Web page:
Welcome. Edgartown News was born from the simple fact that I have ink and Dektol in my veins and I need to write and photograph more than I need air or food, and from my love for this little town where I grew up and raised my family, the town I have left a few times but can't quite shake for good. Here you will find wanderings and musings, photographs and commentary; the people, places, and happenings - past and present - of a small island town: my home town.

Monday, September 12, 2011

September 11 Wanderings

I'm so busy taking pictures for work, along with my myriad other responsibilities, that I don't get enough time to photograph just for the fun of it. Yesterday, realizing that the days of the magical evening light are numbered - for this season, anyway - I grabbed the camera and went out for a brief foray, starting along my usual Main Street/harbor route, and ending up at Bend in the Road, where, along with finding an almost-full moon rising, I happened upon Joanne Scott and family who were celebrating her son Ben Stafford's Saturday wedding with a clambake. The family graciously welcomed me into their circle, smack between the rising moon over Chappy and the gloriously setting sun beyond the waters of Sengekontacket; a fine way to end the day and the weekend - basking in God's glory and surrounded by good cheer.

September 11, Edgartown
My first subjects of the evening were this father and daughter, so adorable that their presence on the bench outside of Edgartown Delicatessen fairly begged for a photo. Having never met my own father, I do have a fondness for fathers and daughters.

September 11, Edgartown


September 11, Edgartown
I met Mike and Catherine down at Memorial Wharf while they were trying to negotiate getting a photo of themselves. Since I happened to be standing nearby with my gi-mongous, professional-looking camera, they figured (correctly) that I might be a good person to ask for assistance. At first they simply wanted me to snap a quick shot with their Lumix (nice camera!), right next to the chain link fence at the ferry ramp (yuck!), but I suggested we look for a better background, which we found upstairs on the observation deck. I happened to notice that Catherine was wearing an engagement ring, and when I said, "Oh, you're engaged," they said, "Yes, we're here to get married, next Saturday." Mike and Catherine also posed for a couple of shots with my camera.

September 11, Edgartown
Same Beautiful Old Church of Whaling Days, different light.

September 11, Edgartown
The seed-heads on the beach grass tell us it's September.

September 11, Edgartown
Almost full moon, Bend in the Road.

And lest anyone think I have overlooked today's date, I offer this David Wilcox composition:

Thursday, September 8, 2011

Captain Alexander Weeks


Captain Alexander Weeks
Boylston house, circa 1950


I recently found the Gazette clipping to which I have referred in previous posts regarding the moving of my Main Street house from Ocean Heights, which I share here (from a 1948 edition of The Vineyard Gazette -  printed, I assume, as a centenary item):

May Snowstorm That Took an Unkind Turn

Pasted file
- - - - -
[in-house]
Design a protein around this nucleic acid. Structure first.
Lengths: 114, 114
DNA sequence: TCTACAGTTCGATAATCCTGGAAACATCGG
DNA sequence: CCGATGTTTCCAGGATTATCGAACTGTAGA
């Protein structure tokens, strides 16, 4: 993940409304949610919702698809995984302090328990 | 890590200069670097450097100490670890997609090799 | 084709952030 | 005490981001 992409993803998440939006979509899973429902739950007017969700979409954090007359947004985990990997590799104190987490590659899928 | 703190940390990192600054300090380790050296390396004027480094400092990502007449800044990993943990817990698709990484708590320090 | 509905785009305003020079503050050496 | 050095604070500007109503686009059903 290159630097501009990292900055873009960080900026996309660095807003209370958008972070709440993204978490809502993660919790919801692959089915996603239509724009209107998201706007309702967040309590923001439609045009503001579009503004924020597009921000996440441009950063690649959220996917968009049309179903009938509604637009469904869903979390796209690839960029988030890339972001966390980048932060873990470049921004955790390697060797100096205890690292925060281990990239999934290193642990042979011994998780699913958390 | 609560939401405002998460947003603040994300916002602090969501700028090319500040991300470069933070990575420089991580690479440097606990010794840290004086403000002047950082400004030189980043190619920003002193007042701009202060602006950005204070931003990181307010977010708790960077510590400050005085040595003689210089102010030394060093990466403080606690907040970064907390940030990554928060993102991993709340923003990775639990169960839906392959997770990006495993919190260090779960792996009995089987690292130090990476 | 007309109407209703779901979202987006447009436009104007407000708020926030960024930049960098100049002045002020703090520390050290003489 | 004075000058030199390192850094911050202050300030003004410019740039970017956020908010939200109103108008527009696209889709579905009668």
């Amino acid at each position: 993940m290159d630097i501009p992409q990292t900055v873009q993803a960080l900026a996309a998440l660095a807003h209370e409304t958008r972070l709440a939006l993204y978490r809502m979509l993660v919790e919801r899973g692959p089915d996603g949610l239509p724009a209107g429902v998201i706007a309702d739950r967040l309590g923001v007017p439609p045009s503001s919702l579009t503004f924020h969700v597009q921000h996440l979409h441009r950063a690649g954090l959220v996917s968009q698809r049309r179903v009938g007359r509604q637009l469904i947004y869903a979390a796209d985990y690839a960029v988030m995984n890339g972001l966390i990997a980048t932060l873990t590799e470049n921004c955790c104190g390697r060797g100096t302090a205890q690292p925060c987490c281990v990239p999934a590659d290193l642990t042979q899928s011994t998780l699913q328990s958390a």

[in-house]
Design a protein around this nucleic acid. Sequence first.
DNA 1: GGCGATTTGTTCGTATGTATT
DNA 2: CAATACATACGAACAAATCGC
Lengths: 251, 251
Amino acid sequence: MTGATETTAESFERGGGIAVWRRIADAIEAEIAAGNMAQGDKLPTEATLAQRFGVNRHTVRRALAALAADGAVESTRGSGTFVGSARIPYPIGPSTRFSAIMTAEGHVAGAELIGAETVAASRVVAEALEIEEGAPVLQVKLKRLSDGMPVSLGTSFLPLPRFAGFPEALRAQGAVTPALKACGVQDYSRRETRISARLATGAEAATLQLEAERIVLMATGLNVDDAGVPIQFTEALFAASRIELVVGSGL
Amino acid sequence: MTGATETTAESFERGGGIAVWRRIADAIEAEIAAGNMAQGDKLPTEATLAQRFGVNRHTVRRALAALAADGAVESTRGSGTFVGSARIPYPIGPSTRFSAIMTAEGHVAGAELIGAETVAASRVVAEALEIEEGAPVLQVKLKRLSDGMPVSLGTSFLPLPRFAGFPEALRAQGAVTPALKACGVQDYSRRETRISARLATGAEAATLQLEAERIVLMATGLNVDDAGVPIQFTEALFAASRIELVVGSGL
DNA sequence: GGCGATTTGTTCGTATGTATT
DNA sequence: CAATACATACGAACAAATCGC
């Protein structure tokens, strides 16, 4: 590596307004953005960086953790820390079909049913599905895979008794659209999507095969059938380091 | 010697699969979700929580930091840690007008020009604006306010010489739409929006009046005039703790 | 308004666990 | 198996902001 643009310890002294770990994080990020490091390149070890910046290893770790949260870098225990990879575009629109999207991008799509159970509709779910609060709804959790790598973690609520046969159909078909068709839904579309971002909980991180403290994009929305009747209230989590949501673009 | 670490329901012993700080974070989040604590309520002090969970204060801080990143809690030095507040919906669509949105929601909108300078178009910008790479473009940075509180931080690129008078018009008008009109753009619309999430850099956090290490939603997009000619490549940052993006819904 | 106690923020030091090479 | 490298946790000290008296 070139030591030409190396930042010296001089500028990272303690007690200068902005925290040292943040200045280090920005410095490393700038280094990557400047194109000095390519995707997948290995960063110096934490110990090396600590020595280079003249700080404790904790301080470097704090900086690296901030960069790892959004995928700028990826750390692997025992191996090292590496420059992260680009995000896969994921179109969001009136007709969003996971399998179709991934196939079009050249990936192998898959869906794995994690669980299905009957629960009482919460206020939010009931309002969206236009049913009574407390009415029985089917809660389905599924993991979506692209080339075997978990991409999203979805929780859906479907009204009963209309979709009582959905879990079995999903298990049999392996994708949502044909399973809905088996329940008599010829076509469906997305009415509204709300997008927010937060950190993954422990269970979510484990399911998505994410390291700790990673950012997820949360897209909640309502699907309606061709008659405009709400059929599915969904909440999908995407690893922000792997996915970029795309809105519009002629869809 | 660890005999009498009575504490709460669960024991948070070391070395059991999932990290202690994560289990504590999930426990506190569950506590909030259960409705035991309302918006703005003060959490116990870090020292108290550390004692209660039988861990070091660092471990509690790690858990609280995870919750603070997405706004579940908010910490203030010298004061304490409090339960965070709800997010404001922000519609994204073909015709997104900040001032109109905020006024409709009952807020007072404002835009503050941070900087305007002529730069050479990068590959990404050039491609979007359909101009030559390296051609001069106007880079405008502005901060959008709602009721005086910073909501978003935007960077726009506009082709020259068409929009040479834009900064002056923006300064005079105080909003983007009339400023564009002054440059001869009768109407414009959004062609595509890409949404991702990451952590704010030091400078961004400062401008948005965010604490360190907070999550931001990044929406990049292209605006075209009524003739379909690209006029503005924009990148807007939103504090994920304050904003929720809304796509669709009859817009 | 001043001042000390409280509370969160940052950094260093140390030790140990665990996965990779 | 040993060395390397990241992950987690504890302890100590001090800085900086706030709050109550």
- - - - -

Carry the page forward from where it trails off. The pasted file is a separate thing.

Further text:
The cold May storm, a proverbial part of the Vineyard spring, took an especially unkind turn about a century ago, on May 26th, the date being recalled because it coincided with moving day for an old house which found a haven on Main Street, Edgartown.


The house, then owned by Capt. Alexander Weeks, once stood at Ocean Heights, but yielding to that irresistible urge which seemed to overtake both houses and their owners in the olden days, it was decreed that it should become a town dweller. Propelled by forty yoke of oxen and a large force of men, the house made its slow and stately way over the sandy roads until it reached its present site, on the corner of Green Lane, where it is now the home Mrs. Herbert M. Boylston.


"The usual barrel of New England liquid refreshments as was the custom in those halcyon days," the Gazette recalled wistfully a quarter of a century ago, "flowed freely and when spirits rose to the point that when the new location was reached it was decided to hold a dance then and there. A fiddler was procured, fair ladies recruited, and the evening passed all too swiftly, the home-going guests finding to their surprise that a heavy snow had fallen while they were celebrating and that many of the weary and hungry oxen had dispersed, leading to a chilly chase on the night of the great snow, before the beasts were stabled their masters housed."

I love this story. I love it that this old home's first day of existence at its present location was celebrated with dancing and fiddle music, and that the fiddling that is now taking place here is creating a succinct and wonderful connection to the house's 200 year history.

More information about Captain Alexander Palmer Weeks, from my mother's file, includes the facts that he was born on May 18, 1804 and died on August 29 or 30, 1856, lost at sea in a hurricane, and that in 1835 Captain Weeks was skipper of the ship Leader whose home port was New Bedford. I have also learned - from the National Maritime Digital Library (link) - that Leader, a whaling bark,  with Captain Weeks listed as its master, departed New Bedford for the Pacific Ocean in May of 1835, and returned in April of 1838, reporting 480 sperm, and 138 whale.  Leader is listed as having been built in 1815 in Fairhaven, and that she broke up in 1851.

I've always assumed that the house was moved from the vicinity of what is now Weeks Lane.



Captain Alexander Weeks
Present-day fiddlers at the former Captain Alexander Weeks house.